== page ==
The surging consumer appetite for increasingly sophisticated automotive technologies offer a huge opportunity for growth, but the use of complicated marketing jargon, unclear pricing and a lack of frontline education means retailers and manufacturers are missing out.
That’s the key finding from the seventh edition of the Auto Trader Market Report, which found that brands that explain the technology, such as semi-autonomous features, see higher conversion, higher prices and higher return visits for both maintenances and for next car purchases.
The research revealed that nearly a third (31%) of the 3,000 consumers surveyed for the Report have at least one semi-autonomous feature in their current vehicle (an average of 2.1 features). 80% said they would pay extra for semi-autonomous systems in their next car, and more than half (51%) would be more likely to buy from the same brand again because of these features; this figure increases to 57% for both men and people aged under 35.
However, despite the opportunity to upsell and build invaluable brand loyalty, just 35% of those surveyed said the features were clearly explained to them during the sales process, and only a third (33%) received a demonstration. Underlining the missed opportunity this represents, upon receiving an explanation in the showroom, 72% of car buyers said they were more likely to buy the car, 72% to buy the car from that specific retailer, and 59% would be more likely to upgrade the specification of the car.
The long-term impact of greater frontline education is significant too. 74% were more likely to return to the same dealer for maintenance, 73% would return to buy their next car from them, and 73% would buy the same brand of car.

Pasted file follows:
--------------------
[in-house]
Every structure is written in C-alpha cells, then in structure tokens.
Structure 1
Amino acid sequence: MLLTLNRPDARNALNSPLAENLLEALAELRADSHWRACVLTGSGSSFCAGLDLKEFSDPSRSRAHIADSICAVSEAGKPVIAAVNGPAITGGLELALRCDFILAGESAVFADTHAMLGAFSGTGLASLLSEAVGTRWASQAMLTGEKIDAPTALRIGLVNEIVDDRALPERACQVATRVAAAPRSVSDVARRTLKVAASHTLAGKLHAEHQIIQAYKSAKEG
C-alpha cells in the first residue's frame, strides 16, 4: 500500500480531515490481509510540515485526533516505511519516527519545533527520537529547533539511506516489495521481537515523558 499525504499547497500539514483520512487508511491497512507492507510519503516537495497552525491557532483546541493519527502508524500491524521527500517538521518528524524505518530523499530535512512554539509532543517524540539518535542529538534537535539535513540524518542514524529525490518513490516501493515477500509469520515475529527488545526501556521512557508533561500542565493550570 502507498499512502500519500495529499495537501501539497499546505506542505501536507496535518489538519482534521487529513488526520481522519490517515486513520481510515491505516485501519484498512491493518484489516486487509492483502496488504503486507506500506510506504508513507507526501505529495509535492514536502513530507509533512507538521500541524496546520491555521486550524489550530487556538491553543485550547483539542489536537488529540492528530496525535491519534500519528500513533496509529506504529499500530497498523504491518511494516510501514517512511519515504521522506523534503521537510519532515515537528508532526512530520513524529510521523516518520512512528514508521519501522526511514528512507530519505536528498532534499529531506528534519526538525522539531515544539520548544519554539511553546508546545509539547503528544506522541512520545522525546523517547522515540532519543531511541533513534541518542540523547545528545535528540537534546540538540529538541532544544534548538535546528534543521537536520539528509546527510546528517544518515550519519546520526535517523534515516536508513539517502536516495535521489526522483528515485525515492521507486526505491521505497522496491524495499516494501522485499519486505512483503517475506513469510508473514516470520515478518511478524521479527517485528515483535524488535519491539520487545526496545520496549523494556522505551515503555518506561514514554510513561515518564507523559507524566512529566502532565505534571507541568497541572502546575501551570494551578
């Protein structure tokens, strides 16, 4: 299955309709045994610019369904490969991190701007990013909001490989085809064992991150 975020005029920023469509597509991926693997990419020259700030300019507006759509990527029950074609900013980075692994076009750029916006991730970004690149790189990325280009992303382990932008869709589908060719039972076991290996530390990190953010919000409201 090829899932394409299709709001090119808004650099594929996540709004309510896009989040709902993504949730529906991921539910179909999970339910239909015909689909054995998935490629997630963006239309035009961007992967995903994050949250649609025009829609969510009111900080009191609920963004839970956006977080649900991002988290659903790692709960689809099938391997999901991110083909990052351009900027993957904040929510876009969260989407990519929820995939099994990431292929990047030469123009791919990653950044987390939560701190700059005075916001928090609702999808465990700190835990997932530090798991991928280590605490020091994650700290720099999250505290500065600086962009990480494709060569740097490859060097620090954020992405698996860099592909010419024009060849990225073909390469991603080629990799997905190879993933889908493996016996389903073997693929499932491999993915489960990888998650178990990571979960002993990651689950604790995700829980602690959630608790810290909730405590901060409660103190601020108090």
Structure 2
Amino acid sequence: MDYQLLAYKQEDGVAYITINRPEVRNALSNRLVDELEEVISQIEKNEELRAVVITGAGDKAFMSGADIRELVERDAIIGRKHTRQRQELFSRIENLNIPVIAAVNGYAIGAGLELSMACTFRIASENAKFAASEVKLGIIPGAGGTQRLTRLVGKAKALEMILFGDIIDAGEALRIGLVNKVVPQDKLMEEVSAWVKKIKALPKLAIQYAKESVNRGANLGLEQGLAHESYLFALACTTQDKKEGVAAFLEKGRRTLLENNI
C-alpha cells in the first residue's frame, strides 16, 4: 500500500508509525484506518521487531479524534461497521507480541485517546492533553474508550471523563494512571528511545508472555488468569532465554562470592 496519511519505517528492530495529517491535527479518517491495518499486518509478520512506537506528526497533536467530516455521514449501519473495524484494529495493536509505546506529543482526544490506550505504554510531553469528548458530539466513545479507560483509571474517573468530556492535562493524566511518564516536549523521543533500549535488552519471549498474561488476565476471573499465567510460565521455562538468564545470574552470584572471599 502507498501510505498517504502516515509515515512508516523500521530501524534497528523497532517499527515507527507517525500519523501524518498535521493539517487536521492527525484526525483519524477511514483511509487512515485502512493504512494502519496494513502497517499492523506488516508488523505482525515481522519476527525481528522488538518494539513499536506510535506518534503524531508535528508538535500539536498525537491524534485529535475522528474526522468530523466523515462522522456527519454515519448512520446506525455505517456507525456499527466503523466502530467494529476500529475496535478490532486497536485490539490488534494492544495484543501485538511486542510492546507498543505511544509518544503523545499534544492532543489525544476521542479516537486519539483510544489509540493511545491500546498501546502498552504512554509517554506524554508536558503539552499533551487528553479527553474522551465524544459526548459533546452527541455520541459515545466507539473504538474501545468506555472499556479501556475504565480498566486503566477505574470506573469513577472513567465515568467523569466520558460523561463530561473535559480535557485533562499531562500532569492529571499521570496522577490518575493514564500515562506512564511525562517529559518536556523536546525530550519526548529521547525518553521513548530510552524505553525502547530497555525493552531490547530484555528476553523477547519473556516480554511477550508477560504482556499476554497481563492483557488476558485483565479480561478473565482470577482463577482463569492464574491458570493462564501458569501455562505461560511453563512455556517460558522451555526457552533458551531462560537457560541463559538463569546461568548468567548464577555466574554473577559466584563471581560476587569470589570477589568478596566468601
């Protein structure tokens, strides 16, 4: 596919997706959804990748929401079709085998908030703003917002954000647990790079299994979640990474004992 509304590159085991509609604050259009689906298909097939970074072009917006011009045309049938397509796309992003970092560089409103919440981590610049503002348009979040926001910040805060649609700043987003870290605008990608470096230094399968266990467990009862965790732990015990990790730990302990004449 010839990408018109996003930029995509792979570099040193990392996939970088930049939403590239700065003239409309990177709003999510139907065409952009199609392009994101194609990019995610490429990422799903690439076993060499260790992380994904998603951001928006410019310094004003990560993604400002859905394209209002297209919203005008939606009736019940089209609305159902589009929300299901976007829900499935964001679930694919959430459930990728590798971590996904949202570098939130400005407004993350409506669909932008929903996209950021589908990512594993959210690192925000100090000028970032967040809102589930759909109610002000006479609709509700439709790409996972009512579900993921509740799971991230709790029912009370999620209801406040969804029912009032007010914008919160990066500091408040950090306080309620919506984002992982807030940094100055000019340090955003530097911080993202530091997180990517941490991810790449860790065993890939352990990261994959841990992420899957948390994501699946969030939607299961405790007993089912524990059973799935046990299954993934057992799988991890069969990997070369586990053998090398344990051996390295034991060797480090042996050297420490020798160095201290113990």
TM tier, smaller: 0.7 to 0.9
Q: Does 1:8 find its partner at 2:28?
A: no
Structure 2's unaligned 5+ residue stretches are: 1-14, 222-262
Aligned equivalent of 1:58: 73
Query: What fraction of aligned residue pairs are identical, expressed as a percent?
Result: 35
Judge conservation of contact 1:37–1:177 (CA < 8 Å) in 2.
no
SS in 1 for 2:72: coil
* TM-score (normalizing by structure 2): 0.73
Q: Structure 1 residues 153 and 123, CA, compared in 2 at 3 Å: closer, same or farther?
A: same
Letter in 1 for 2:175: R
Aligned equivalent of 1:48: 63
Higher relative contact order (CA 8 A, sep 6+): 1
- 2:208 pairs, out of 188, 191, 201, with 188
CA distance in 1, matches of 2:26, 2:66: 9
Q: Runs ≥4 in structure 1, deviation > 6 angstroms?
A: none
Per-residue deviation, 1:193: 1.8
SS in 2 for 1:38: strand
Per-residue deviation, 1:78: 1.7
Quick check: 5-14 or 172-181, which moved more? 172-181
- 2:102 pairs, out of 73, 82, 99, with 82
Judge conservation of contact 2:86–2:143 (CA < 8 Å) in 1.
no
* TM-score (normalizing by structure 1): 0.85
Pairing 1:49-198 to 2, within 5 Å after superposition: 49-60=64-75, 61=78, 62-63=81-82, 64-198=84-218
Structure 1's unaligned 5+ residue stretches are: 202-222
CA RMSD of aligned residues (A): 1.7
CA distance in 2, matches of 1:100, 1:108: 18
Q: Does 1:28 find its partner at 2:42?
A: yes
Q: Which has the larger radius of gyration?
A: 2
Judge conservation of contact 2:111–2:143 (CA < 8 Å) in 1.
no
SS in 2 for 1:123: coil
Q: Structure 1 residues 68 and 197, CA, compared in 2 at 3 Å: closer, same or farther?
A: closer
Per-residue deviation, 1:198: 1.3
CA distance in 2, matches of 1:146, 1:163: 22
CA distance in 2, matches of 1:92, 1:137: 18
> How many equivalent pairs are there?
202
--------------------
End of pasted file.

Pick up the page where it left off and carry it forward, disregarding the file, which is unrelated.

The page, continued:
Nathan Coe, Auto Trader’s Chief Financial Officer, and Chief Operating Officer commented: “The objective of our biannual Market Report is to identify valuable opportunities for the industry, which often requires us to cut through the hype to get the genuine view of today’s car buyer. Our research clearly highlights that at a time of political and economic uncertainty, rapidly evolving technology offers an exciting opportunity to not only drive car sales but to also build long-lasting relationships with customers. The more we can enhance the buying and driving experience by focusing on technology that genuinely meets consumer needs, the more we can unlock this desire and encourage consumers to change their car more frequently.”
It’s not just the front end of retail where consumers are being put off: the use of complicated marketing jargon and acronyms is also an issue. In fact, when presented with the various manufacturing brand names for their incredibly sophisticated semi-autonomous features, the vast majority of car buyers either miscategorized its function or simply failed to appreciate its advanced capabilities.
With car buyers either unaware or unsure of these features, it’s very unlikely they’ll request them when visiting a dealership. Accordingly, of those car owners who have an autonomous feature in their vehicle, less than half (45%) said they actively sought it out when they made their last purchase.
Cason Grover, Hyundai’s Senior Group Marketing Manager, Vehicle Technology Planning, offered his view on how some brands are adapting their marketing approach: “The myriad of systems now available on new vehicles is confusing to the consumer and this confusion is exacerbated by each manufacturer has its own terminology for their respective autonomous safety systems. That’s why when we launched our SmartSense driver assistance system, we made the conscious decision to explain the system in terms the consumer can understand i.e. the functions rather than the system name. This approach also needs to be taken in the way that we as an OEM communicate these systems to dealers, how the dealer explains to the consumer and even down to how the technology itself communicates to the driver. By successfully implementing this we anticipate that consumer trust in these systems will rapidly grow and lead to greater uptake.”